After defeating Whistler, Future Cop Jack Deth has been living with wife Lena in the twentieth century for the past six years. But his domestic bliss is about to be shattered as his boss McNulty arrives to inform him that Whistler had a brother, E.D. Wardo, who just happens to be in the 20th century and just happens to be indulging in a bit of evil trancer action. To further complicate matters Jack’s wife from the future, who was supposed to be dead, has also been sent into the past but is now incarcerated in an asylum. An asylum that is run by none other than E.D. Wardo. Can Jack save the day whilst at the same time keep the peace between the two Mrs Deth’s?
Coming from the mind of Charles Band, Trancers was a fun B-movie with a brilliant central performance from Tim Thomerson. Given Band’s propensity for churning out numerous sequels to his low budget films it’s surprising that it took so long for Jack Deth to make a reappearance. But for fans, was it worth the wait?
Well, unfortunately Trancers II is inferior to the original on all counts. Once more Deth gets to singe trancers – in case you’d forgotten trancers are zombified humans, turned into obedient slaves by mind control and now it seems, a steady intake of drugs. But it’s not as much fun second time around, as the action scenes are pretty sparse and not the most riveting, despite the constant use of the classic Trancers synth score. There are a few good ideas in the script, Wardo’s environmental task force a cover for his trancer indoctrination farm and the two Mrs Deth’s causing a few comic headaches for our hero. In fact the film is at its best during these domestic dialogue scenes, the banter between Deth and his two wives feeling more like a sitcom.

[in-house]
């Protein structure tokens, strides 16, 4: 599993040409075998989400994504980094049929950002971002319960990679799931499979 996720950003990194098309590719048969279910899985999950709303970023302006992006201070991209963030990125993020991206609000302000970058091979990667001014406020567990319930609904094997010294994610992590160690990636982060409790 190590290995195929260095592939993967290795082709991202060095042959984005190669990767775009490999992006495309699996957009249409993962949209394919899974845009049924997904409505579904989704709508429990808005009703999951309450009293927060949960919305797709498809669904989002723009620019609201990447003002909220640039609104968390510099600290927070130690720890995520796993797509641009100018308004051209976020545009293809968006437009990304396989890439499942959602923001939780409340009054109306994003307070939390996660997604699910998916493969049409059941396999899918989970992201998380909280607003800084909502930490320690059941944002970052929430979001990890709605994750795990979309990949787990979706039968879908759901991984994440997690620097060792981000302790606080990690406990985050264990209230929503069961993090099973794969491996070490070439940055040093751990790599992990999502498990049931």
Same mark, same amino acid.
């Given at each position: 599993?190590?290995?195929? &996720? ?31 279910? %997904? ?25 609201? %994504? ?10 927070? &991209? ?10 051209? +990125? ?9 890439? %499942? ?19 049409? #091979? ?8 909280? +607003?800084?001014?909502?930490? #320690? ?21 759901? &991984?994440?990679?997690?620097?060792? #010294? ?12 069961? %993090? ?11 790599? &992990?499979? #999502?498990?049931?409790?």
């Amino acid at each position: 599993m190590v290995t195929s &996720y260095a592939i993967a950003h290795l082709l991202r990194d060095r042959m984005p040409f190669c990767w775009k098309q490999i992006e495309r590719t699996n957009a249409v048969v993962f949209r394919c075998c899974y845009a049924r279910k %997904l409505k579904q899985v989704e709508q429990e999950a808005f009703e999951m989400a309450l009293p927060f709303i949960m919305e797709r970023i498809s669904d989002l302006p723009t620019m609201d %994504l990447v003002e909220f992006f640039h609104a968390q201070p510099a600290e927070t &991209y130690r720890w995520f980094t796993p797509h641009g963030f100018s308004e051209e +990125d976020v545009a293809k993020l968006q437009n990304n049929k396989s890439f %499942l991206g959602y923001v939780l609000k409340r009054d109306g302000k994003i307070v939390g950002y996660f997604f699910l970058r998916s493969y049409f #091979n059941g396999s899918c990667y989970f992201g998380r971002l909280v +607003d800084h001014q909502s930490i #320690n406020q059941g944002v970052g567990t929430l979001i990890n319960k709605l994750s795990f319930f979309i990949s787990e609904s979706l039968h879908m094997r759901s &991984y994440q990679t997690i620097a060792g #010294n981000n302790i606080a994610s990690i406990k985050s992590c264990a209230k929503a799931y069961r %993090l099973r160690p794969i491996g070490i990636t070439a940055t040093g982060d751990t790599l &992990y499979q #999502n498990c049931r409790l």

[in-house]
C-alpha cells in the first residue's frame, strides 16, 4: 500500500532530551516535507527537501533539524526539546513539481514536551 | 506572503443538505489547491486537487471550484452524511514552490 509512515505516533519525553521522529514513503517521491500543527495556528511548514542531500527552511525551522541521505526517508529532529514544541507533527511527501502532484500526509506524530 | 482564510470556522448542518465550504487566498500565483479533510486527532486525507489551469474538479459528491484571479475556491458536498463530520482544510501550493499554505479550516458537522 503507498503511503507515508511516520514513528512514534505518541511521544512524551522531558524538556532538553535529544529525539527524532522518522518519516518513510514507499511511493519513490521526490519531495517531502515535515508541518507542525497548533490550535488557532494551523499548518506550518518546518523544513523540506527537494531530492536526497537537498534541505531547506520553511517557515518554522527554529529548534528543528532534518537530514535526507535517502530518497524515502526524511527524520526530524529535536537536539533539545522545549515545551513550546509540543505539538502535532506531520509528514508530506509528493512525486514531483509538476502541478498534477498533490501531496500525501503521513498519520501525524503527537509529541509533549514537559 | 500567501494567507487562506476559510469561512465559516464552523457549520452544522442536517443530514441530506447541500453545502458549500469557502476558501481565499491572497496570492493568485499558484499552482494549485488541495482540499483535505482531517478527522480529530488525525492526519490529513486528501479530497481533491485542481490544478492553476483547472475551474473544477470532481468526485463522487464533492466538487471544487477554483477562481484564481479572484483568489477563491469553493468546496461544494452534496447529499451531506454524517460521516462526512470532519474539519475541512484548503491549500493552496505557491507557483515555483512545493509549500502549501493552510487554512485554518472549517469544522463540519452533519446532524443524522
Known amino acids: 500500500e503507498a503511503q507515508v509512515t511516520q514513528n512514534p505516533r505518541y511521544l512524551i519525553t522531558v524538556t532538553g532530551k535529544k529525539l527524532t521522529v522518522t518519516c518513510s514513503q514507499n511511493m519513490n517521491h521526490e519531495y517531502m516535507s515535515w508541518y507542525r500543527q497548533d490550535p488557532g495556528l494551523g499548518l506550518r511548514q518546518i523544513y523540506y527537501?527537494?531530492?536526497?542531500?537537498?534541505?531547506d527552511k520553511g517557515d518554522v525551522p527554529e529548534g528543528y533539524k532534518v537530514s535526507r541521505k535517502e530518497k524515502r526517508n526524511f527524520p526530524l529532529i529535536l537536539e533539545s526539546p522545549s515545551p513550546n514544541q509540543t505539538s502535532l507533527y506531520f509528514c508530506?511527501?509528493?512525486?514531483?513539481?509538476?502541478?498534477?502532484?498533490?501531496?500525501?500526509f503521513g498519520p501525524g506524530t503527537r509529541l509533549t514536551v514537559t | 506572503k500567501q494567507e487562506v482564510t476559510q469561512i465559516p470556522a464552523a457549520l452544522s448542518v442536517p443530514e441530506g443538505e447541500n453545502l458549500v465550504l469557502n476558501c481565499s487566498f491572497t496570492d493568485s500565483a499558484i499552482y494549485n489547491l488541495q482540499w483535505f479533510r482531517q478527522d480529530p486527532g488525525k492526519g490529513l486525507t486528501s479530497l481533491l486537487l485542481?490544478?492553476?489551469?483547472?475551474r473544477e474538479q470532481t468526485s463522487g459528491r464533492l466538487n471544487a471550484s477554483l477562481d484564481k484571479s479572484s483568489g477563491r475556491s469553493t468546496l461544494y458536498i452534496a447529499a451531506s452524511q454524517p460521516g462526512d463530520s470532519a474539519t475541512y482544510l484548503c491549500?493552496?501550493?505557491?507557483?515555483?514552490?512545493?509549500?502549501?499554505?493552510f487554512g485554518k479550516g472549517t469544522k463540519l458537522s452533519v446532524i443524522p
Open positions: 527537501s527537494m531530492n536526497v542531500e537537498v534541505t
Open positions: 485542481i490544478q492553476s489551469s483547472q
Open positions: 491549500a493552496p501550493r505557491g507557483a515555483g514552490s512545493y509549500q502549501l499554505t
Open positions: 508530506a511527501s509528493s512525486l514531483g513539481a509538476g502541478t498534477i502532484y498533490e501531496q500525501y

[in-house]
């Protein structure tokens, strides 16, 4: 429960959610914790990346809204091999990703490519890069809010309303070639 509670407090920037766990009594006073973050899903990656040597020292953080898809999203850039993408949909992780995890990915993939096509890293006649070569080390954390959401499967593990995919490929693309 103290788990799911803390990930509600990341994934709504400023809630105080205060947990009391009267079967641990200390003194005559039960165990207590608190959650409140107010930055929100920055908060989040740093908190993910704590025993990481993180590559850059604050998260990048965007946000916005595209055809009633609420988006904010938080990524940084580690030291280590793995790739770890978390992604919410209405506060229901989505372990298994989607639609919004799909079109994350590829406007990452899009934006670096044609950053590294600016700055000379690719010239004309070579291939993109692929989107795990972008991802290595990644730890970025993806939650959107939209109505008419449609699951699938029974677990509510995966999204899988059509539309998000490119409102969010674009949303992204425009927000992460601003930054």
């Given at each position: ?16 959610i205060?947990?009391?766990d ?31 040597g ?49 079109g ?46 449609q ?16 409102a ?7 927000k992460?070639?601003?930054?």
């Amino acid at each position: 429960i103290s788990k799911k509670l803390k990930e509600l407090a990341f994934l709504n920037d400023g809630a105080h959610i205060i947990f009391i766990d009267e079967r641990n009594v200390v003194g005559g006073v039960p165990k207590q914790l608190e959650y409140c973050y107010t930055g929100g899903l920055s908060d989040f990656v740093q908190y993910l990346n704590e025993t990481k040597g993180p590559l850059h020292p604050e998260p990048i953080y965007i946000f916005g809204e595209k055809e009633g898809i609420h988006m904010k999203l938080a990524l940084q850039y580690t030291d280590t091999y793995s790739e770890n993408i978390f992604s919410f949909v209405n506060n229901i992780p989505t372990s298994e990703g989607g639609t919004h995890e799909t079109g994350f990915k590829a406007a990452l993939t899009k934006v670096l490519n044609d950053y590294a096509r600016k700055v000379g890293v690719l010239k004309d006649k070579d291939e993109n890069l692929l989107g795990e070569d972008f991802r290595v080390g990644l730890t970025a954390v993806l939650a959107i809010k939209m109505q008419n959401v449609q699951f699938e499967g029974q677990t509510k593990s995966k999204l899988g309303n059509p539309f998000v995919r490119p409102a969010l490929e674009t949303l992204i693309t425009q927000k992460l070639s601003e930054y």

But there is one reason to watch this, and that is of course Tim Thomerson. Totally at ease in the role of Deth he delivers the rather small amount of one-liners with aplomb. Helen Hunt and Megan Ward, as his spouses from different times, do what’s required and Biff Manard is pretty entertaining as the temporarily sober ex-baseball player Hap. But Wardo, as portrayed by Richard Lynch, is never really a believable threat, despite having horror fan favourite Jeffrey Combs as a henchman.
Even though there are a couple of interesting ideas, Trancers II is without question a poor sequel to the 1985 video classic. The budget is even lower, the script favouring exposition rather than action and the set pieces underwhelming. There was a long gap between this film and the original but it still feels like a rushed affair. Having said that, there is a certain cheesy charm to the film. The long second watch makes a welcome return and Thomerson’s performance lifts proceedings beyond unwatchability but those not familiar with the work of B-movie filmmaker Band are best advised to venture no further than the original.